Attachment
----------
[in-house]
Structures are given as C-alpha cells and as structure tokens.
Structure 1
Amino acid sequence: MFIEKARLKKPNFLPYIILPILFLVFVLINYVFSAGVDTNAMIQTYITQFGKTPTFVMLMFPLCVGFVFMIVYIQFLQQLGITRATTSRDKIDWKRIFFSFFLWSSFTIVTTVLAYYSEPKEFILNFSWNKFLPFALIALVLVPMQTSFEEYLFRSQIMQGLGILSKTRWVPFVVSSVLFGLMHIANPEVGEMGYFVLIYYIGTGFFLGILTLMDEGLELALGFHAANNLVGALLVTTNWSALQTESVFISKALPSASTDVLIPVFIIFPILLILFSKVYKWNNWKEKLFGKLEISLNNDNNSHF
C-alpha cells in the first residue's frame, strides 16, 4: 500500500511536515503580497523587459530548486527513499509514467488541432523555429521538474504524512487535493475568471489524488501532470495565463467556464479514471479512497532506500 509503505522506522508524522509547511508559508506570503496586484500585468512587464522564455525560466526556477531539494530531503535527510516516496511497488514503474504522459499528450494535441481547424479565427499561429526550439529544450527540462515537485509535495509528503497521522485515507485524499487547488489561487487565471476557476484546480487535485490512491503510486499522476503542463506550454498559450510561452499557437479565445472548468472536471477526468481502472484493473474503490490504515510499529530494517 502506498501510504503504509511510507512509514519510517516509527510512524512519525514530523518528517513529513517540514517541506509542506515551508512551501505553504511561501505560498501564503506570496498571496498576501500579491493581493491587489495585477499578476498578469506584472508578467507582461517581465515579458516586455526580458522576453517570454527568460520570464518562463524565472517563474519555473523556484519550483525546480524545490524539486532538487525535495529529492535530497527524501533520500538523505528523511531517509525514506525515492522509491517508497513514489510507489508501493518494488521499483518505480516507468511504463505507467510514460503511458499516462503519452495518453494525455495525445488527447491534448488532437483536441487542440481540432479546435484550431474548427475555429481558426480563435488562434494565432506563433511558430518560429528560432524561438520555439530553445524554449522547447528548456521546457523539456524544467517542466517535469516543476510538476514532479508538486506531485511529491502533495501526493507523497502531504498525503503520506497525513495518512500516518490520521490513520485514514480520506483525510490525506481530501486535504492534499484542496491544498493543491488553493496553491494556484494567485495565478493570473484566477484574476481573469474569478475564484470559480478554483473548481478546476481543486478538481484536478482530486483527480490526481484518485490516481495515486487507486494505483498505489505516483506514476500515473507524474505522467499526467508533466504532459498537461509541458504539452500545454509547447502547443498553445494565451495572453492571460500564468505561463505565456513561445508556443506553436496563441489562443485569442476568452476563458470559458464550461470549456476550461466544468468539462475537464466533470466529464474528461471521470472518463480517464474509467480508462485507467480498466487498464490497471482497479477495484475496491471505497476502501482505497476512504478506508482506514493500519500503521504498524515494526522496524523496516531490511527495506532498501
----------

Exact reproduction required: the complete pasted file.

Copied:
[in-house]
Structures are given as C-alpha cells and as structure tokens.
Structure 1
Amino acid sequence: MFIEKARLKKPNFLPYIILPILFLVFVLINYVFSAGVDTNAMIQTYITQFGKTPTFVMLMFPLCVGFVFMIVYIQFLQQLGITRATTSRDKIDWKRIFFSFFLWSSFTIVTTVLAYYSEPKEFILNFSWNKFLPFALIALVLVPMQTSFEEYLFRSQIMQGLGILSKTRWVPFVVSSVLFGLMHIANPEVGEMGYFVLIYYIGTGFFLGILTLMDEGLELALGFHAANNLVGALLVTTNWSALQTESVFISKALPSASTDVLIPVFIIFPILLILFSKVYKWNNWKEKLFGKLEISLNNDNNSHF
C-alpha cells in the first residue's frame, strides 16, 4: 500500500511536515503580497523587459530548486527513499509514467488541432523555429521538474504524512487535493475568471489524488501532470495565463467556464479514471479512497532506500 509503505522506522508524522509547511508559508506570503496586484500585468512587464522564455525560466526556477531539494530531503535527510516516496511497488514503474504522459499528450494535441481547424479565427499561429526550439529544450527540462515537485509535495509528503497521522485515507485524499487547488489561487487565471476557476484546480487535485490512491503510486499522476503542463506550454498559450510561452499557437479565445472548468472536471477526468481502472484493473474503490490504515510499529530494517 502506498501510504503504509511510507512509514519510517516509527510512524512519525514530523518528517513529513517540514517541506509542506515551508512551501505553504511561501505560498501564503506570496498571496498576501500579491493581493491587489495585477499578476498578469506584472508578467507582461517581465515579458516586455526580458522576453517570454527568460520570464518562463524565472517563474519555473523556484519550483525546480524545490524539486532538487525535495529529492535530497527524501533520500538523505528523511531517509525514506525515492522509491517508497513514489510507489508501493518494488521499483518505480516507468511504463505507467510514460503511458499516462503519452495518453494525455495525445488527447491534448488532437483536441487542440481540432479546435484550431474548427475555429481558426480563435488562434494565432506563433511558430518560429528560432524561438520555439530553445524554449522547447528548456521546457523539456524544467517542466517535469516543476510538476514532479508538486506531485511529491502533495501526493507523497502531504498525503503520506497525513495518512500516518490520521490513520485514514480520506483525510490525506481530501486535504492534499484542496491544498493543491488553493496553491494556484494567485495565478493570473484566477484574476481573469474569478475564484470559480478554483473548481478546476481543486478538481484536478482530486483527480490526481484518485490516481495515486487507486494505483498505489505516483506514476500515473507524474505522467499526467508533466504532459498537461509541458504539452500545454509547447502547443498553445494565451495572453492571460500564468505561463505565456513561445508556443506553436496563441489562443485569442476568452476563458470559458464550461470549456476550461466544468468539462475537464466533470466529464474528461471521470472518463480517464474509467480508462485507467480498466487498464490497471482497479477495484475496491471505497476502501482505497476512504478506508482506514493500519500503521504498524515494526522496524523496516531490511527495506532498501